(Radio Iowa) Iowa law says schools cannot start before August 23rd and next Wednesday will be the first day of school for more than half a million Iowa students. It will be the first day for new teachers, too. Jenny Connolly, an advisor in the University of Northern Iowa’s College of Education, says this is her first piece of advice to new teachers:
“You know more than the students, right?” Connolly says. “Be confident on that first day and that first week.” New teachers started developing classroom management skills during their student teaching experience when they were teaching alongside a veteran educator, but on that first day of school, they’ll be going solo.
“Sometimes I think students get a little nervous about classroom management and knowing everything and having everything be perfect, but everybody learns, so lean on the network of grads you graduated with, but also lean on the teachers in your building,” Connolly says. “They’re there to help guide you and answer questions, too.” Many new teachers have already been paired with a veteran teacher in the district who’ll be a mentor. Connolly says every teacher in a school building will be learning dozens if not hundreds of students’ names during the first few days of school.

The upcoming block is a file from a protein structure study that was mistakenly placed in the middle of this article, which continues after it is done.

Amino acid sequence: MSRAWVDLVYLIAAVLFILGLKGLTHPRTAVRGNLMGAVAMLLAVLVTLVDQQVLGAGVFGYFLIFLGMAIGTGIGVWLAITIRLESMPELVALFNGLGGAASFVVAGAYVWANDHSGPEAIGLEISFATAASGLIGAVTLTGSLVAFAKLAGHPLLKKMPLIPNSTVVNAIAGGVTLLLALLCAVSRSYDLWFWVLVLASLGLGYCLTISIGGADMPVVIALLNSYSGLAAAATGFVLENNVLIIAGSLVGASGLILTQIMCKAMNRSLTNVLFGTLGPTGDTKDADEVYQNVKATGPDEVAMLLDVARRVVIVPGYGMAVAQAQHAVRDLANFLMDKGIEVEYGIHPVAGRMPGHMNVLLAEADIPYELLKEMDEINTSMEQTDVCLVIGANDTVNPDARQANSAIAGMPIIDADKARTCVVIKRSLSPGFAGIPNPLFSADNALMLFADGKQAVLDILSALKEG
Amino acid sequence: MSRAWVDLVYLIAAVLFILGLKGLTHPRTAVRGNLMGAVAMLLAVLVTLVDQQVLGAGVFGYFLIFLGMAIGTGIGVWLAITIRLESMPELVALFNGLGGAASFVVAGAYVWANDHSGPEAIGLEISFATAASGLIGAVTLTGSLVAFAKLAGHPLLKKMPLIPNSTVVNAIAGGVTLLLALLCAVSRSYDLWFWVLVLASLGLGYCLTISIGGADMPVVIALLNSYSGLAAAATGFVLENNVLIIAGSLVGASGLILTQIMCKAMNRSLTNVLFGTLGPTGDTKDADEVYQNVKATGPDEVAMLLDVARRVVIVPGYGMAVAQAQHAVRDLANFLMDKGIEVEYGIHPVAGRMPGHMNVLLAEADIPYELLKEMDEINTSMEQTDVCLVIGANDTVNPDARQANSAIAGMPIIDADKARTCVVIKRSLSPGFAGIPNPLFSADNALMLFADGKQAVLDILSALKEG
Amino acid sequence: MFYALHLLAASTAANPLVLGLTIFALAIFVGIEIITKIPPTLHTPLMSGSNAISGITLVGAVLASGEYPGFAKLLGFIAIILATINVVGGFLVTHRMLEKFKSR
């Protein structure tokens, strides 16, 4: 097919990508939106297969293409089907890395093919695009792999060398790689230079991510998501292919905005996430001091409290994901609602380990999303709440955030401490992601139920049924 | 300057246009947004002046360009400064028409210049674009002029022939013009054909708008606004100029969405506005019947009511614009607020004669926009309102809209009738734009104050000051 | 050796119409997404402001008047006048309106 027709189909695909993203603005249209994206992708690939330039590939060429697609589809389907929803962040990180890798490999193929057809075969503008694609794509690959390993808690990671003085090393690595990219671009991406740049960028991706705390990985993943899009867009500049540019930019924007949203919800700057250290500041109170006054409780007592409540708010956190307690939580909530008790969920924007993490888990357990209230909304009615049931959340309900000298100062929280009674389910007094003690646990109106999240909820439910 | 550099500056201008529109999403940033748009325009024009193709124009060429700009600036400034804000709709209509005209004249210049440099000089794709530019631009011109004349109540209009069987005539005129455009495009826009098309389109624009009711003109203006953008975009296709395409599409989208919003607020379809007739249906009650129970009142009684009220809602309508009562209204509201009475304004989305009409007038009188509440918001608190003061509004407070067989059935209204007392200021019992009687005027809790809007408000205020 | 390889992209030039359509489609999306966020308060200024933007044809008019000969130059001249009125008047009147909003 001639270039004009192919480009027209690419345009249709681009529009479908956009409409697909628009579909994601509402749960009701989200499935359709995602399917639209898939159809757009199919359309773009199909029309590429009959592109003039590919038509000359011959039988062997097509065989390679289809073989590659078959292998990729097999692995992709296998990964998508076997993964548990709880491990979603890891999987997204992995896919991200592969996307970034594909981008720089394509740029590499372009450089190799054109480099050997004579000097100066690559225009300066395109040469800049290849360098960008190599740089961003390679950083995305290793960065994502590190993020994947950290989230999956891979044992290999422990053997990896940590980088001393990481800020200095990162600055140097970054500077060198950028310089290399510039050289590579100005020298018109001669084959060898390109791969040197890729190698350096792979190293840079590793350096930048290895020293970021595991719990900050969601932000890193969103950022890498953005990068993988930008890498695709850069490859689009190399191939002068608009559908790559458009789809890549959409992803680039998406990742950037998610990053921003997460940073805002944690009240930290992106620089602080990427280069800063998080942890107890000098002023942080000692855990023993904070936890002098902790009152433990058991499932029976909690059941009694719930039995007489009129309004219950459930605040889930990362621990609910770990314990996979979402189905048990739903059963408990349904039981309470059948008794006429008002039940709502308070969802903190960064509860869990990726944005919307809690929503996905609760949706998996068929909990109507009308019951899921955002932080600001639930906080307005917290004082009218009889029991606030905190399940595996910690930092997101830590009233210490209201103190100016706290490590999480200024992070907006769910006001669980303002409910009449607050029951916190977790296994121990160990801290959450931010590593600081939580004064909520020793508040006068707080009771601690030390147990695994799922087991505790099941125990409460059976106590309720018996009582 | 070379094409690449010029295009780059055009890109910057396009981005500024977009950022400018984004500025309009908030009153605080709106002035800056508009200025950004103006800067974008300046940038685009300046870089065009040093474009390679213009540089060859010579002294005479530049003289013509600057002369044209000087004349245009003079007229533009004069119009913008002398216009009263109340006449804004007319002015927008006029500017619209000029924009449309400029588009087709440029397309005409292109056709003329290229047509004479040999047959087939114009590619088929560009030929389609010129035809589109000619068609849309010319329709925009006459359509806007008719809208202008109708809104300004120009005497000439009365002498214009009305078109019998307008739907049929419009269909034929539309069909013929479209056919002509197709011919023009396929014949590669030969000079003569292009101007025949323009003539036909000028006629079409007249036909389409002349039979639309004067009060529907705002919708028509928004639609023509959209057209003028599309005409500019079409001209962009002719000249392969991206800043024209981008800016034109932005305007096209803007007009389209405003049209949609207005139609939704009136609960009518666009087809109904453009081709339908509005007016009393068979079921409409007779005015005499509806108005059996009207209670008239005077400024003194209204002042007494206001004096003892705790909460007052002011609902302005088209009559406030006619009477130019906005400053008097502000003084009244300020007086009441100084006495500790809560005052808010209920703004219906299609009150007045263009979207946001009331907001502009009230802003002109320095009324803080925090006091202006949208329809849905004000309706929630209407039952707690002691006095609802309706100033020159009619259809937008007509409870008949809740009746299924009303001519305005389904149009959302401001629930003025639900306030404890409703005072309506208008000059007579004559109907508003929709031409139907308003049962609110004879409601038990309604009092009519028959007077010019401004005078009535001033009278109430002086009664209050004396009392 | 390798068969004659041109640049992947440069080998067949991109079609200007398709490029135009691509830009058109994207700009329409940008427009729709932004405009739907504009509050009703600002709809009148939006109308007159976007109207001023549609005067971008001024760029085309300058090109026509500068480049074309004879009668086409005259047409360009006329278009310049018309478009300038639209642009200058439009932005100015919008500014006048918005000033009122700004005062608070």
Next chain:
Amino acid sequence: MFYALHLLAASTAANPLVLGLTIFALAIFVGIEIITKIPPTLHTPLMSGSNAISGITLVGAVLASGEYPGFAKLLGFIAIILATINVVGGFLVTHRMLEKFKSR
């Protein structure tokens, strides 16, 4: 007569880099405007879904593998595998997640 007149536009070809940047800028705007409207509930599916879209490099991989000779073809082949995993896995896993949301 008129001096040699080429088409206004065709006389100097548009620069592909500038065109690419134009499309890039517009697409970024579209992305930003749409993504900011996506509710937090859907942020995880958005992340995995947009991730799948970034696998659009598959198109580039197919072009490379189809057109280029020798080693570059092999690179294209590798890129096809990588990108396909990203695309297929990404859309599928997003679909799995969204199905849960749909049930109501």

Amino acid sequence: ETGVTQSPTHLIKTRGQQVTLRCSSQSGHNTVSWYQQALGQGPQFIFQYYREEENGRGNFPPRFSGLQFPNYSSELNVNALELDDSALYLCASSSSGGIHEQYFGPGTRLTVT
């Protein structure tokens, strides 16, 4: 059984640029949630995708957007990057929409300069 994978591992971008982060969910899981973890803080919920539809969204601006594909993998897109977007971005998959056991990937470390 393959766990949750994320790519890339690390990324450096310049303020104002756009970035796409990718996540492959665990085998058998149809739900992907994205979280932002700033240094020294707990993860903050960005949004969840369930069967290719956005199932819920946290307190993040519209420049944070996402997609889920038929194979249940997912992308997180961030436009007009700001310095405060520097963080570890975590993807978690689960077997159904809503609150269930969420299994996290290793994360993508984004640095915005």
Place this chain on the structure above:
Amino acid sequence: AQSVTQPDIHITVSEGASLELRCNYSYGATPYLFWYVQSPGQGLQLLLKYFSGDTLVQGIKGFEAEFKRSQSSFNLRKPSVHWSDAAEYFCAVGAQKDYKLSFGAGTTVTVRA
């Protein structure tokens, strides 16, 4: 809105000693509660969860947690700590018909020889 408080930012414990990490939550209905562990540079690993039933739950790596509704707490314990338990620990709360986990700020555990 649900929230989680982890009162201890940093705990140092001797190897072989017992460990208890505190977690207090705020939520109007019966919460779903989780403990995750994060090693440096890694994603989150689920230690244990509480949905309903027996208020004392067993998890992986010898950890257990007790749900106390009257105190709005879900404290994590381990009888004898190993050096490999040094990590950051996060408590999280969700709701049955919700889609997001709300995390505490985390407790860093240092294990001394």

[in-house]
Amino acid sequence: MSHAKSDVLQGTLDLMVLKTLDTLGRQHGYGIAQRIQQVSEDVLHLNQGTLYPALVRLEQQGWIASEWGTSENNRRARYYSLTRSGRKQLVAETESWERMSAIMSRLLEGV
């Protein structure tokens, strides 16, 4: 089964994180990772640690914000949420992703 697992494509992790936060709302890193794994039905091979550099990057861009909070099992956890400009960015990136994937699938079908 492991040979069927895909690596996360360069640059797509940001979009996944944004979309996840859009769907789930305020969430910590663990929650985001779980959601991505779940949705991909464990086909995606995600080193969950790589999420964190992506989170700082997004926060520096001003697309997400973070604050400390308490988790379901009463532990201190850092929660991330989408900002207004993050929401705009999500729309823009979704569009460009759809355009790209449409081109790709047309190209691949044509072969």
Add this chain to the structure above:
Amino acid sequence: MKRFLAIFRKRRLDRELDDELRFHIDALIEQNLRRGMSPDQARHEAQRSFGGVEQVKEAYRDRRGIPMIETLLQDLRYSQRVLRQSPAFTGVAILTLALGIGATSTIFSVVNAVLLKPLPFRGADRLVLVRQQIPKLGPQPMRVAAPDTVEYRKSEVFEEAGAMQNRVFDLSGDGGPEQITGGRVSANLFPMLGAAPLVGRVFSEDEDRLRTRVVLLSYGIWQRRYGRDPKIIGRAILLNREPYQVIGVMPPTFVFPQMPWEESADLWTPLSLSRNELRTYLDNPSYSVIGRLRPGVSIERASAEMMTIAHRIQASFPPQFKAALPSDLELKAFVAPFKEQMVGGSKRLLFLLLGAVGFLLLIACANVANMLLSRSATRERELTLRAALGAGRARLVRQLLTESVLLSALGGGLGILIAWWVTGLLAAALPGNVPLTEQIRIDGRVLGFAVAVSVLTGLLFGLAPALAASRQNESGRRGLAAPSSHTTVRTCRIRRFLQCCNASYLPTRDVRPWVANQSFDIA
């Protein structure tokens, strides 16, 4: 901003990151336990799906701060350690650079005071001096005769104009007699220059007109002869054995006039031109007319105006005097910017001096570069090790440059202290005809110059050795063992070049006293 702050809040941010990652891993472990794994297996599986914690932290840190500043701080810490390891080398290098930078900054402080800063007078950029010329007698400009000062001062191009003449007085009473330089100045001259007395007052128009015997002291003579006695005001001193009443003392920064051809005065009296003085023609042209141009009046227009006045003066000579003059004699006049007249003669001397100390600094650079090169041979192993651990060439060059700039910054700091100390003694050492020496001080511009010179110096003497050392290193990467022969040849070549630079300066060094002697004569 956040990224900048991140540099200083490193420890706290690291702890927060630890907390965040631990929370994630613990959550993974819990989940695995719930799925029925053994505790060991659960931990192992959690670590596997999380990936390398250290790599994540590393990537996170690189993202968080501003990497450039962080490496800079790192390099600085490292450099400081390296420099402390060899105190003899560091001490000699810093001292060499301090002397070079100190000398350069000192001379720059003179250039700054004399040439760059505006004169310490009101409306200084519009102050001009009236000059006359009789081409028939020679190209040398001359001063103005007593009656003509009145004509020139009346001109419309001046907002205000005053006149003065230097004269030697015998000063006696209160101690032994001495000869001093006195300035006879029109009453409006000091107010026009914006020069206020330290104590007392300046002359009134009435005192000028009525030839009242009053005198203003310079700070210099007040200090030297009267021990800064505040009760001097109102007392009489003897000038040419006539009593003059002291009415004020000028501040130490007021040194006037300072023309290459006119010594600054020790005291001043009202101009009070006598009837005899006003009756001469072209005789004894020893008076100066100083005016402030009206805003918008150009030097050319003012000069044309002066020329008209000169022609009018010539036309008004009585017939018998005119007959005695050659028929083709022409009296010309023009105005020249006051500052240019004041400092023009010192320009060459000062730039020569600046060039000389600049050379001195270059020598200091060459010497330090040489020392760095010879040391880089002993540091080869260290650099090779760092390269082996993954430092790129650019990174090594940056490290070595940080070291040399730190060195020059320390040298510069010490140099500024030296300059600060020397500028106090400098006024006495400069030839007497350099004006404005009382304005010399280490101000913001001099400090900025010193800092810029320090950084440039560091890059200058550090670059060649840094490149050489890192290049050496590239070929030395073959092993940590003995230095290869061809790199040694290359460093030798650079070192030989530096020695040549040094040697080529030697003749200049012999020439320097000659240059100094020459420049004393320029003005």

“Learning names is important. That is why most teachers, new or not, are tired those first few days, those first few weeks because you’re learning new names, new families move in — all of those pieces, but give yourself some time. You pick up tricks to help you learn students’ names, but building that relationship and starting out strong on day one, two and three will help you throughout that whole school year.” Connolly says part of a teacher’s role in the first two or three days of the school year is helping students get used to the structure of the school day and, for older kids, spelling out the year’s academic expectations and how extracurricular activities will be handled.
“That’s why the beginning of the school year is a lot of work for educators and kiddos,” Connolly says. “…We are a highly programmed population. We go from sun up to sun down and kids, adults, teachers — everyone just needs to give each other some grace as we adjust to a new flow, a new schedule.” U-N-I officials estimate at least 10-thousand teachers in Iowa K-through-12 schools are U-N-I graduates. Last spring’s graduating class of educators was among the largest ever at U-N-I.